You might like Welcome - what we wish we'd heard at the start as a generic grounder that will cover many of the topics that are likely to be relevant .
If you’re at the 4-month mark that is often the start of when some new symptoms may emerge

Great that you’re getting support, have had good support and have, it appears got off lightly

Ciao
Simon

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Hi Roland
Thanks for the response and your comments.
Yes trying the spikey ball, scouring sponge, feather, Lego!! With some success.
What can I feel? Often that side feels like it is cold and wet.
Cheers

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Hello Simon,
I now have an image of a bunch of people all having vanilla ice cream! Got a flake?
I shall take a look at the generic grounder thanks.
New symptoms!! Hmmm interesting. Mind you my eyes started about 2 months in.
Support I was getting but now on my own unless I need help. Not complaining.
Thanks

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The generic grounder is good.
I was told the golden time for things to improve fast track is 3 months, maybe 4 at a push. After that things slow up although do not stop.
Certainly told to repeat exercises regulary otherwise things slip back.

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I look at stroke recovery like a job. It’s boring and relentless but you just keep on going. BTW I disagree that you have ‘got off lightly’ no one who has gone through what we have, gets off lightly. Good luck to you.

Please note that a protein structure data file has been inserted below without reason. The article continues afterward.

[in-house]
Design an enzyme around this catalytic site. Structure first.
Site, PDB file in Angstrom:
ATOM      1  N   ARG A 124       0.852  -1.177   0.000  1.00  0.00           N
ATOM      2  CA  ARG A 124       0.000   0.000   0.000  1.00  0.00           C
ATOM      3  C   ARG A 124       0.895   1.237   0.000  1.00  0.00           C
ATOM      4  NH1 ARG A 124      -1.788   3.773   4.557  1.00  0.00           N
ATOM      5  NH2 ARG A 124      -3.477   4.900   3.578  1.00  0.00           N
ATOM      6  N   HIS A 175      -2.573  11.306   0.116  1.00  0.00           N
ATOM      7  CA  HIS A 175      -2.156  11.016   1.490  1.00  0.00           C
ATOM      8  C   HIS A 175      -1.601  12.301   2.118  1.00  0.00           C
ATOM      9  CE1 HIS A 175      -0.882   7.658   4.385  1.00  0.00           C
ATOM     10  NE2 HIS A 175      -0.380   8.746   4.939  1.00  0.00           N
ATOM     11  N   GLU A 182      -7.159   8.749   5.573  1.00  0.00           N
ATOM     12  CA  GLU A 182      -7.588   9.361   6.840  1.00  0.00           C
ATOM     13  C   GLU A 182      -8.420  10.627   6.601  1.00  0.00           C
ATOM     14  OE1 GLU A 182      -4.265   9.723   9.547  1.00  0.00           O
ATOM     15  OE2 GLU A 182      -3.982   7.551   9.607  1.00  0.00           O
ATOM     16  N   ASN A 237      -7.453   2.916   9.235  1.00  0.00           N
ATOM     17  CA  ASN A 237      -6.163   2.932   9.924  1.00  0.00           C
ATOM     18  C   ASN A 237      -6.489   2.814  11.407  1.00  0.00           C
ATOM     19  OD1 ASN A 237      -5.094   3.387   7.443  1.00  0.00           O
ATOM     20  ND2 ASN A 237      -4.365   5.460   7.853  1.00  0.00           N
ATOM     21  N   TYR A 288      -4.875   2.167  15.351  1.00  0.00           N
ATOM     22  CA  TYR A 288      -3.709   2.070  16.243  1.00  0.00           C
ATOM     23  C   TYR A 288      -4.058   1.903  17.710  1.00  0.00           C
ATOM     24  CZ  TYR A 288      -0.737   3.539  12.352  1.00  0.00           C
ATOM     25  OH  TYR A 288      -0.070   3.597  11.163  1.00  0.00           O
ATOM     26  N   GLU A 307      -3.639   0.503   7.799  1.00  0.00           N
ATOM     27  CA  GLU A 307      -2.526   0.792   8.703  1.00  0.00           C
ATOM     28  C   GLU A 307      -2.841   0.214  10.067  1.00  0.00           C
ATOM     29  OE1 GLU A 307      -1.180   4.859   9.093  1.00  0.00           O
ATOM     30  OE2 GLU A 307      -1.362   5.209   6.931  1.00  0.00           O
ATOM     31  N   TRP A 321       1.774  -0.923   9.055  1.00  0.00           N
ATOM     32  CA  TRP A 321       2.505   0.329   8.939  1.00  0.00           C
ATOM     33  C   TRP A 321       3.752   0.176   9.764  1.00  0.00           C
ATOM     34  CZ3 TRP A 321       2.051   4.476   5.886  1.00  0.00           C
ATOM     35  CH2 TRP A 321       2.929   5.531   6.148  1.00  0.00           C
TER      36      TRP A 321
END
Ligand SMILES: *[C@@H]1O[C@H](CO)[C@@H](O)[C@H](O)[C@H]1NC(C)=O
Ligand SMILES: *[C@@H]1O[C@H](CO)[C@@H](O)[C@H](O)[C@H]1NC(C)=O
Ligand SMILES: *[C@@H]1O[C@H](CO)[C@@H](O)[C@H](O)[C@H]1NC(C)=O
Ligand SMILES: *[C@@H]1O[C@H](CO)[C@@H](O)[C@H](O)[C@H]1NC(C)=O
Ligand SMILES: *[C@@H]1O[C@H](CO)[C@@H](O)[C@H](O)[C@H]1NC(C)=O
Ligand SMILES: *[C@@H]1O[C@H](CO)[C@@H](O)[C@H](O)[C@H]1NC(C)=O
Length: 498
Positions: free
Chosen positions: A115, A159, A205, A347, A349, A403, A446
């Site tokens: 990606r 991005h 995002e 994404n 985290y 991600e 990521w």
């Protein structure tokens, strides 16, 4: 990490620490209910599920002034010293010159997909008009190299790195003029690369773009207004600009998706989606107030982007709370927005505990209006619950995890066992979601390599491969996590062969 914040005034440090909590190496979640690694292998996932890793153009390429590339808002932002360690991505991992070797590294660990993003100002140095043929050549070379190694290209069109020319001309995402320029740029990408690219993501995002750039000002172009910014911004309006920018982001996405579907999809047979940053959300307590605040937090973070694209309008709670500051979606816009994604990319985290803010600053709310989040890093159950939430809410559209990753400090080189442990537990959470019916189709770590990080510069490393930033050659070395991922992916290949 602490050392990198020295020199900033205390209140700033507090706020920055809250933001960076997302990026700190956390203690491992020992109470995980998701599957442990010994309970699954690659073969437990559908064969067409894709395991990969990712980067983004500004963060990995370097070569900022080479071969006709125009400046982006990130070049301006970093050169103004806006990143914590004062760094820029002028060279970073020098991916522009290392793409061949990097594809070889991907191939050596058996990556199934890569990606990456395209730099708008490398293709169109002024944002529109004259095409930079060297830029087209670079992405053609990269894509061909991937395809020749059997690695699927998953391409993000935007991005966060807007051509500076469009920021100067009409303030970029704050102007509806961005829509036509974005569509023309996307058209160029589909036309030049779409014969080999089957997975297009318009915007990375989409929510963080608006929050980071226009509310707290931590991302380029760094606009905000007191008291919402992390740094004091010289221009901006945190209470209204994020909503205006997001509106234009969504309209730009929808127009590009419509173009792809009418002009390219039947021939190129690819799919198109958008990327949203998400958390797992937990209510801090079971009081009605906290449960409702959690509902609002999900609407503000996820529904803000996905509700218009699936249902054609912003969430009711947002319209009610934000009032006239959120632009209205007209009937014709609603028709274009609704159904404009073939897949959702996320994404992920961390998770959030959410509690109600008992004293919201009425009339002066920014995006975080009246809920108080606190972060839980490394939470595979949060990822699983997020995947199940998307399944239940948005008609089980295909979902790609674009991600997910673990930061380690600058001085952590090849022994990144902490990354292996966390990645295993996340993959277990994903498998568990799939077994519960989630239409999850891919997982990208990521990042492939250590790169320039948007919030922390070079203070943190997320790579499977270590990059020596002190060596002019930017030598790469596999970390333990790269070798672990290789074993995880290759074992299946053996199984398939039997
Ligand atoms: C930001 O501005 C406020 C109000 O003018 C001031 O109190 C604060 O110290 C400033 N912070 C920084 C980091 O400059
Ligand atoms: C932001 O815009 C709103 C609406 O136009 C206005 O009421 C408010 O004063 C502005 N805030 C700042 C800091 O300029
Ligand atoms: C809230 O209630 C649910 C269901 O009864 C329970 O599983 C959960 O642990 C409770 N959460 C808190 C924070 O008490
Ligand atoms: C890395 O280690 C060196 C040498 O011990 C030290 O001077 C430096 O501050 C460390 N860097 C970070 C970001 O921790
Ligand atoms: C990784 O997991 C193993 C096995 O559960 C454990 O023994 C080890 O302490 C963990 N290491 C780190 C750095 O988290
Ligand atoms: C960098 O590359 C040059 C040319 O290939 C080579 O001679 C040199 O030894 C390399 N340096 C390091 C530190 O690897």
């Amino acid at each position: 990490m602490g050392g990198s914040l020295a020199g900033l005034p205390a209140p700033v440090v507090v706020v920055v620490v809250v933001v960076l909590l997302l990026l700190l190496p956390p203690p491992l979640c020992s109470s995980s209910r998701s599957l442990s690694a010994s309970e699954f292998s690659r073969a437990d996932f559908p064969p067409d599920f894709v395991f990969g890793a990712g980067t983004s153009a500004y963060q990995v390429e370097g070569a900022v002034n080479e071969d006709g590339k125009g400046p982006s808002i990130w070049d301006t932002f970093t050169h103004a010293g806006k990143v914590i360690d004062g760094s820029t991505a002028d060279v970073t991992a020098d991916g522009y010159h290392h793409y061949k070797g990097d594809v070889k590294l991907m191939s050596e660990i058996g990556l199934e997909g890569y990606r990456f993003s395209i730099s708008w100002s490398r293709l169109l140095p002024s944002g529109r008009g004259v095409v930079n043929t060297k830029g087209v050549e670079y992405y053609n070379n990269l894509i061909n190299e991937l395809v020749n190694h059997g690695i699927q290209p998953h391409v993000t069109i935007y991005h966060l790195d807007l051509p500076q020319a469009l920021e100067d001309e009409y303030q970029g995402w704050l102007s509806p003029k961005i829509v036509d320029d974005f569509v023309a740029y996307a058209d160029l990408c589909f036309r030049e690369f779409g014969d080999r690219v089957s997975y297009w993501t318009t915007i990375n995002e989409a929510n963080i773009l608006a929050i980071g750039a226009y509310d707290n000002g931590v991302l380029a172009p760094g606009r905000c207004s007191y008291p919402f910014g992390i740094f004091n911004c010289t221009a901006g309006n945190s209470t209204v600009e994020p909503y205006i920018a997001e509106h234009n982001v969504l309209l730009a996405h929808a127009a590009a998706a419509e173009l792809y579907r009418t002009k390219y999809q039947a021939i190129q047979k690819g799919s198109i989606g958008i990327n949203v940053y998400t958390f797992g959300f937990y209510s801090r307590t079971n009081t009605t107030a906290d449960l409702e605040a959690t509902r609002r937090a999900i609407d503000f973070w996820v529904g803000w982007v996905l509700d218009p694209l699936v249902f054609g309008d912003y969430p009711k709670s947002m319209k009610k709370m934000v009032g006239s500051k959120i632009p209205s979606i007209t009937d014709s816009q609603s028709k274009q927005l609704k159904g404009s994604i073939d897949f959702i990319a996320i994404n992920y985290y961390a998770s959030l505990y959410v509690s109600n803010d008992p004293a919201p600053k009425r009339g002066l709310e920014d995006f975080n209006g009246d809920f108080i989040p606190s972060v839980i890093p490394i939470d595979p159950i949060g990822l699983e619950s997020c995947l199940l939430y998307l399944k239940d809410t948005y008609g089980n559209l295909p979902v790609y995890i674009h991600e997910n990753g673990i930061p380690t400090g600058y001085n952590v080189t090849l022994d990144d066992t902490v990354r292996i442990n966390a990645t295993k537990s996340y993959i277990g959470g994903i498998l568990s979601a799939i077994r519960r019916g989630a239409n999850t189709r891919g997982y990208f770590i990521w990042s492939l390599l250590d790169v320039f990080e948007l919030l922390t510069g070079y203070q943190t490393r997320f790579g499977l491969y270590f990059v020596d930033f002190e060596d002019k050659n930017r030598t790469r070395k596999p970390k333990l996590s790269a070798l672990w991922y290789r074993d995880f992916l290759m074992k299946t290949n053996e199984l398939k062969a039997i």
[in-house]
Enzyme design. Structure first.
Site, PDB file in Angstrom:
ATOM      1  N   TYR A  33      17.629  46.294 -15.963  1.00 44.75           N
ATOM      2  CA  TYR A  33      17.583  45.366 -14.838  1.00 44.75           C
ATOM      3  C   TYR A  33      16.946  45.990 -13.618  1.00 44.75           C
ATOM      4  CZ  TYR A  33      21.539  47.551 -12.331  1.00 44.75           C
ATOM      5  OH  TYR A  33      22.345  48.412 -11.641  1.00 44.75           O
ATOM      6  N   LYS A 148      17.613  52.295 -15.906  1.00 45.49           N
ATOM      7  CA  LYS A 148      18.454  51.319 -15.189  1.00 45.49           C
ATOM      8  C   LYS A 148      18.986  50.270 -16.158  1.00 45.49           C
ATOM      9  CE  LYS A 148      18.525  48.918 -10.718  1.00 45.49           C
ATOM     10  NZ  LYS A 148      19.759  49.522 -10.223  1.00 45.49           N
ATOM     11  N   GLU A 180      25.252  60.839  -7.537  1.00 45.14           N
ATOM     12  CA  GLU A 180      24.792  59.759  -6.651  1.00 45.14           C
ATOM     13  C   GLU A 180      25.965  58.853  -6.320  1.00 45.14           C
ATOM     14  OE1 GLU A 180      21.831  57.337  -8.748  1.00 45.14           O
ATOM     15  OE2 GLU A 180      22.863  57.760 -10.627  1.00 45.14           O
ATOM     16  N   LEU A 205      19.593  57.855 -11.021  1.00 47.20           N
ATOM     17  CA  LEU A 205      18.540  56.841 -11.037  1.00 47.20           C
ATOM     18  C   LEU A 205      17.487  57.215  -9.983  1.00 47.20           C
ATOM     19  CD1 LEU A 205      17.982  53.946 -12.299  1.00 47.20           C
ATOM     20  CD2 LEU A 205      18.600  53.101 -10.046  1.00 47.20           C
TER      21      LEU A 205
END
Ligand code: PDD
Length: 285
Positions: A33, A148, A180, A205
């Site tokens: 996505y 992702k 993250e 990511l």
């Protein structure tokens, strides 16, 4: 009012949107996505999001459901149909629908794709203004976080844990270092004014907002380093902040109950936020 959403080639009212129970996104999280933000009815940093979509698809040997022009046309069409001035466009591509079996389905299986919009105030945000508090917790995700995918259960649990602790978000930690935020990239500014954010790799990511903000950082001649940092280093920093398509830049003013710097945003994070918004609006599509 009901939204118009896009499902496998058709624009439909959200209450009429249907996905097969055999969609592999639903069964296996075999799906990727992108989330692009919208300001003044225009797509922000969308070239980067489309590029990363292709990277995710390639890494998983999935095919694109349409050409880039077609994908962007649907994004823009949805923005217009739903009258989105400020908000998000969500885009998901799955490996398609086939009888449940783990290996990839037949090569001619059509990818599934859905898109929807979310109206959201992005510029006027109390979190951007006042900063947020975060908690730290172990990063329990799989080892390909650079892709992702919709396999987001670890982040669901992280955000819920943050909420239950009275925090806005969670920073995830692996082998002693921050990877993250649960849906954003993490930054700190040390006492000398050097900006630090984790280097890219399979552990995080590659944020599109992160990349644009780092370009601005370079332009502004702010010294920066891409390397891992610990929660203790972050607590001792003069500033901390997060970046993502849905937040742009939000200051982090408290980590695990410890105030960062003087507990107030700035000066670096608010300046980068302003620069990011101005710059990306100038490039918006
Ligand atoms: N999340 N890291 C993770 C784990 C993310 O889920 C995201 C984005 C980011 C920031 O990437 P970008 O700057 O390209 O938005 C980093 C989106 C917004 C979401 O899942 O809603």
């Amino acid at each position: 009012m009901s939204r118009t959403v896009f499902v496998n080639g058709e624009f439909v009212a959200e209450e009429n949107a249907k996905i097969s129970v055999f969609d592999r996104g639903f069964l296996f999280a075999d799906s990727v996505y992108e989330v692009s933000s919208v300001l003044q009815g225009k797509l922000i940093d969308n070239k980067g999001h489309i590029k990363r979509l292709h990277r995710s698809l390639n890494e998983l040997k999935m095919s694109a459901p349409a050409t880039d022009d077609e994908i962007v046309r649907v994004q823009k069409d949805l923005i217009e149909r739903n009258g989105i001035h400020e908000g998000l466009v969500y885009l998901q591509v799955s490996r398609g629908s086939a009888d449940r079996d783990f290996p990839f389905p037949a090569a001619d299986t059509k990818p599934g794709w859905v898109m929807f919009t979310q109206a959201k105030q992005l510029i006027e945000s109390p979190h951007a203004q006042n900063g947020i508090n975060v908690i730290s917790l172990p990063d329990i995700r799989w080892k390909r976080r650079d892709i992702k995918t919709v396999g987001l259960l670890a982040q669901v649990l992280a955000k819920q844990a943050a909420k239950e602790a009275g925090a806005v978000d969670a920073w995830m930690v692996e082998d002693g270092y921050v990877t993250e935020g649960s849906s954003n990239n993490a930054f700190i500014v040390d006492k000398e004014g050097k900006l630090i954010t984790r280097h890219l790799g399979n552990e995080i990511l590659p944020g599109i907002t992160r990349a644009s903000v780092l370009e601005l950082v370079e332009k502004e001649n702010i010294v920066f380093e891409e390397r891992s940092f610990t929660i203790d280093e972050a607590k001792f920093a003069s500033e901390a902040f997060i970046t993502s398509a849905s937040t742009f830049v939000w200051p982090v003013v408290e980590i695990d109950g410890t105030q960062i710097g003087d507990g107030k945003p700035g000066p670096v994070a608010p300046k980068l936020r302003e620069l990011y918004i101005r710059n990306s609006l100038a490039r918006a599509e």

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@Poncho hi & welcome to the club none of us really wanted to join.

The effects of everyone’s strokes are different but I agree with @clibbers1 that no one gets off lightly. It sounds like you are doing ok but have some things still to resolve. It is early dsys gor you yet & recovery can take many months,/ years but is all about determination & lots of repetition.

I had altered sensation on my left side & did all the things that @pando suggested. I spent hours touching different things to get the sensation back & it did come back. Not sure how long it took but possibly 3 or 4 months…mine was quite a mild altered sensation though.

Nodding on the sofa is a common pastime in the early days. I still do it but not as often as I did.